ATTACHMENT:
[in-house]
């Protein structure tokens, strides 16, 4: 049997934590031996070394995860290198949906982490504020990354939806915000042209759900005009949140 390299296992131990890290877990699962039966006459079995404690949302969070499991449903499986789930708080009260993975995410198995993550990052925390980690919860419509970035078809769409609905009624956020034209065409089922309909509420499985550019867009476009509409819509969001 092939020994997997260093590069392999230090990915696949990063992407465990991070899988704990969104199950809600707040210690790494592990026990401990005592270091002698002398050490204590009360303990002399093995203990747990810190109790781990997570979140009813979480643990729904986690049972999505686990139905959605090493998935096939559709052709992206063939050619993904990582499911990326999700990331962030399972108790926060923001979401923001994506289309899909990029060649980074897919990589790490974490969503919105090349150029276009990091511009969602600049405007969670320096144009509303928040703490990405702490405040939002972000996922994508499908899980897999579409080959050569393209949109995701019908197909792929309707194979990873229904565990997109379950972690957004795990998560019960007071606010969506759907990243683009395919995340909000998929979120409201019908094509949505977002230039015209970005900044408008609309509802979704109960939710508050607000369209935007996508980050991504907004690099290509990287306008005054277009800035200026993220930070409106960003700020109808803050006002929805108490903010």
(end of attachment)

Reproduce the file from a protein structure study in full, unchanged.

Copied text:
[in-house]
């Protein structure tokens, strides 16, 4: 049997934590031996070394995860290198949906982490504020990354939806915000042209759900005009949140 390299296992131990890290877990699962039966006459079995404690949302969070499991449903499986789930708080009260993975995410198995993550990052925390980690919860419509970035078809769409609905009624956020034209065409089922309909509420499985550019867009476009509409819509969001 092939020994997997260093590069392999230090990915696949990063992407465990991070899988704990969104199950809600707040210690790494592990026990401990005592270091002698002398050490204590009360303990002399093995203990747990810190109790781990997570979140009813979480643990729904986690049972999505686990139905959605090493998935096939559709052709992206063939050619993904990582499911990326999700990331962030399972108790926060923001979401923001994506289309899909990029060649980074897919990589790490974490969503919105090349150029276009990091511009969602600049405007969670320096144009509303928040703490990405702490405040939002972000996922994508499908899980897999579409080959050569393209949109995701019908197909792929309707194979990873229904565990997109379950972690957004795990998560019960007071606010969506759907990243683009395919995340909000998929979120409201019908094509949505977002230039015209970005900044408008609309509802979704109960939710508050607000369209935007996508980050991504907004690099290509990287306008005054277009800035200026993220930070409106960003700020109808803050006002929805108490903010």